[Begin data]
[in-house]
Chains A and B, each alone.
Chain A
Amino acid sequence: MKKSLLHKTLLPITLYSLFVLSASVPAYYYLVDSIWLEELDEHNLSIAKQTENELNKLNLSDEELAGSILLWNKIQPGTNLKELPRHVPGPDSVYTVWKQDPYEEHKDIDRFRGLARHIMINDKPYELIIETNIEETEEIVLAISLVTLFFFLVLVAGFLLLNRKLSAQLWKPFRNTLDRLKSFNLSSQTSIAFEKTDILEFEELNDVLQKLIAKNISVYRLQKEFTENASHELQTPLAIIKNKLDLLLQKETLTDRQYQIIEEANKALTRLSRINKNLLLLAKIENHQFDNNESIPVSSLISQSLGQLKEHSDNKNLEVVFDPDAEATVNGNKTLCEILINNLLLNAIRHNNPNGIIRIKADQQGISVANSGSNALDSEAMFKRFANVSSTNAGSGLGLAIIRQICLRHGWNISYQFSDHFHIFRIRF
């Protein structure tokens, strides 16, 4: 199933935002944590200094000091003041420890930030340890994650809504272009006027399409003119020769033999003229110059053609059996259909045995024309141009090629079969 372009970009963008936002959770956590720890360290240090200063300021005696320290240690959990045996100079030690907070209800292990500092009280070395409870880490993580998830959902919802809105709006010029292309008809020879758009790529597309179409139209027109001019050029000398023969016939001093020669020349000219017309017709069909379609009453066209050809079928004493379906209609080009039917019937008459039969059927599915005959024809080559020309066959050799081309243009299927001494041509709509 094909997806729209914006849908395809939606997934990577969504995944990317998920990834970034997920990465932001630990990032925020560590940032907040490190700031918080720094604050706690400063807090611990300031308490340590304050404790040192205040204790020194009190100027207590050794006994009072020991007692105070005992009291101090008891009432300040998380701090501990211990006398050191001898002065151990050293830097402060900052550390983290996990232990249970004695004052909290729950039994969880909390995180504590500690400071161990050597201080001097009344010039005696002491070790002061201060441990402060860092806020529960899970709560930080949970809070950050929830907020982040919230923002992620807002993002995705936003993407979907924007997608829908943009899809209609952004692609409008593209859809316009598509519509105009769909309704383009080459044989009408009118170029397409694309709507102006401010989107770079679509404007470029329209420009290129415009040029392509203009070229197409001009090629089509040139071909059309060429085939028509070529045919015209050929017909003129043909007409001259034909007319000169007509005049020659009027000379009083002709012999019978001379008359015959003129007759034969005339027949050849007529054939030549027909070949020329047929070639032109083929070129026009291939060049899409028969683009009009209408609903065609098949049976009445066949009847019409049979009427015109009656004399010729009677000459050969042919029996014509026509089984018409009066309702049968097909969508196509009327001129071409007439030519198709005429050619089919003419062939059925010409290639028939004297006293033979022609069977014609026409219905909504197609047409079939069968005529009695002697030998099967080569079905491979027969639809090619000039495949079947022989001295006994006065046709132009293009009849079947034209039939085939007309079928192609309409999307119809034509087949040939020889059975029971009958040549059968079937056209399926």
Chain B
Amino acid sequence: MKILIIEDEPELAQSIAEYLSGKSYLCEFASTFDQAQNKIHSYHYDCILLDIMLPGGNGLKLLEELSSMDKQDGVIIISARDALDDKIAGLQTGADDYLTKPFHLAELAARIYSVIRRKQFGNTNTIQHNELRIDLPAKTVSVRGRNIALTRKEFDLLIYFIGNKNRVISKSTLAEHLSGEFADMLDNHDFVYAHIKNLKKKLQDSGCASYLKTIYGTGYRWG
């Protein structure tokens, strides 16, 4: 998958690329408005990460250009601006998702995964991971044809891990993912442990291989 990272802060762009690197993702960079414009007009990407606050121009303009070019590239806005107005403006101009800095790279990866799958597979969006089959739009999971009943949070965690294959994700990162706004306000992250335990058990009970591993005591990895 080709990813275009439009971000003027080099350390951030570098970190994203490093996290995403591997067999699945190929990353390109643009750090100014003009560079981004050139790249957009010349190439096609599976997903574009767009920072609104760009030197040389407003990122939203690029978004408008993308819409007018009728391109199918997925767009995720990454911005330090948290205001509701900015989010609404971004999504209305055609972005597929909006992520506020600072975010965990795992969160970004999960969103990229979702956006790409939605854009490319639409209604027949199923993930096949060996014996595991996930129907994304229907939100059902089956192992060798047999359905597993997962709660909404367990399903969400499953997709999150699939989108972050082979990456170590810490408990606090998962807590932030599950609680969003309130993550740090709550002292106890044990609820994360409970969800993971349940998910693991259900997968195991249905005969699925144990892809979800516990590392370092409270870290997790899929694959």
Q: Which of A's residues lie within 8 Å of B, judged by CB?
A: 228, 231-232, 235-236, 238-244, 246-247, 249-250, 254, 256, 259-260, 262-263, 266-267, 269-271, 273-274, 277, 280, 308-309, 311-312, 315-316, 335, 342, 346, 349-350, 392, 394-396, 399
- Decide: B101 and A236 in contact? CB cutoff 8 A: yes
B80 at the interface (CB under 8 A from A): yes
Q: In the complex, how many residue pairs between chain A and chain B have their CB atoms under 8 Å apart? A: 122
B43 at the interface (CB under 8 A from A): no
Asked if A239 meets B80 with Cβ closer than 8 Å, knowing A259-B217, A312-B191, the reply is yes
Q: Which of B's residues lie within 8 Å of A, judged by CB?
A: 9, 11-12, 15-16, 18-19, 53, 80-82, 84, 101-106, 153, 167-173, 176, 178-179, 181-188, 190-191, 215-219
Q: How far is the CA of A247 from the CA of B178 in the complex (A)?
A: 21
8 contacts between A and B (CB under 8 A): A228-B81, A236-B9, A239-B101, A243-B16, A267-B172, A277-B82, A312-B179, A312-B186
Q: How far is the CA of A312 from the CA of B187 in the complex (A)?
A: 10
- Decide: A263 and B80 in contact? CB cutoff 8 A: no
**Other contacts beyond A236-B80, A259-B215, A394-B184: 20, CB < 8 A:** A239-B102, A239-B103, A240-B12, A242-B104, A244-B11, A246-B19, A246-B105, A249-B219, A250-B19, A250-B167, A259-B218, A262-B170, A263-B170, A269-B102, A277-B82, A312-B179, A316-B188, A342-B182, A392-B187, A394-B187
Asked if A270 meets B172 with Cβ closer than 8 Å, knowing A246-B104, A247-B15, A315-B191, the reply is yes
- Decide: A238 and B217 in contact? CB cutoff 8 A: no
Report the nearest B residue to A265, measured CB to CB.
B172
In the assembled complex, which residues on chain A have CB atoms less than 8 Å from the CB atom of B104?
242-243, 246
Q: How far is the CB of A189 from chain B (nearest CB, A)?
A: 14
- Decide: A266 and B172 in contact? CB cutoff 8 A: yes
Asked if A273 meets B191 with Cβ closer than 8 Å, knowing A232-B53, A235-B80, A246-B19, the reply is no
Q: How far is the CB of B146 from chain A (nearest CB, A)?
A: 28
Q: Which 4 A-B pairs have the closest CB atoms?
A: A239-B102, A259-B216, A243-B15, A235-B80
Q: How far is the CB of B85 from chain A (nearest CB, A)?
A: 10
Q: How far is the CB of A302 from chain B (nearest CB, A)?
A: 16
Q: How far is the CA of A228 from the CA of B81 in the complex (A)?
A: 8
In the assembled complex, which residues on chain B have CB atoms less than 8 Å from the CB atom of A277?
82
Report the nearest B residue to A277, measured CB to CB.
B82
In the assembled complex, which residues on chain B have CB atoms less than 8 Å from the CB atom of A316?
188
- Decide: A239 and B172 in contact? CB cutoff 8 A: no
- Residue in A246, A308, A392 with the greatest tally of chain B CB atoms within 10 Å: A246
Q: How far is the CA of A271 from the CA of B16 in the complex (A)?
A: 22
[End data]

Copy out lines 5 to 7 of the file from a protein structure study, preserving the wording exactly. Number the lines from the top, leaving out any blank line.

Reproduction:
């Protein structure tokens, strides 16, 4: 199933935002944590200094000091003041420890930030340890994650809504272009006027399409003119020769033999003229110059053609059996259909045995024309141009090629079969 372009970009963008936002959770956590720890360290240090200063300021005696320290240690959990045996100079030690907070209800292990500092009280070395409870880490993580998830959902919802809105709006010029292309008809020879758009790529597309179409139209027109001019050029000398023969016939001093020669020349000219017309017709069909379609009453066209050809079928004493379906209609080009039917019937008459039969059927599915005959024809080559020309066959050799081309243009299927001494041509709509 094909997806729209914006849908395809939606997934990577969504995944990317998920990834970034997920990465932001630990990032925020560590940032907040490190700031918080720094604050706690400063807090611990300031308490340590304050404790040192205040204790020194009190100027207590050794006994009072020991007692105070005992009291101090008891009432300040998380701090501990211990006398050191001898002065151990050293830097402060900052550390983290996990232990249970004695004052909290729950039994969880909390995180504590500690400071161990050597201080001097009344010039005696002491070790002061201060441990402060860092806020529960899970709560930080949970809070950050929830907020982040919230923002992620807002993002995705936003993407979907924007997608829908943009899809209609952004692609409008593209859809316009598509519509105009769909309704383009080459044989009408009118170029397409694309709507102006401010989107770079679509404007470029329209420009290129415009040029392509203009070229197409001009090629089509040139071909059309060429085939028509070529045919015209050929017909003129043909007409001259034909007319000169007509005049020659009027000379009083002709012999019978001379008359015959003129007759034969005339027949050849007529054939030549027909070949020329047929070639032109083929070129026009291939060049899409028969683009009009209408609903065609098949049976009445066949009847019409049979009427015109009656004399010729009677000459050969042919029996014509026509089984018409009066309702049968097909969508196509009327001129071409007439030519198709005429050619089919003419062939059925010409290639028939004297006293033979022609069977014609026409219905909504197609047409079939069968005529009695002697030998099967080569079905491979027969639809090619000039495949079947022989001295006994006065046709132009293009009849079947034209039939085939007309079928192609309409999307119809034509087949040939020889059975029971009958040549059968079937056209399926």
Chain B
Amino acid sequence: MKILIIEDEPELAQSIAEYLSGKSYLCEFASTFDQAQNKIHSYHYDCILLDIMLPGGNGLKLLEELSSMDKQDGVIIISARDALDDKIAGLQTGADDYLTKPFHLAELAARIYSVIRRKQFGNTNTIQHNELRIDLPAKTVSVRGRNIALTRKEFDLLIYFIGNKNRVISKSTLAEHLSGEFADMLDNHDFVYAHIKNLKKKLQDSGCASYLKTIYGTGYRWG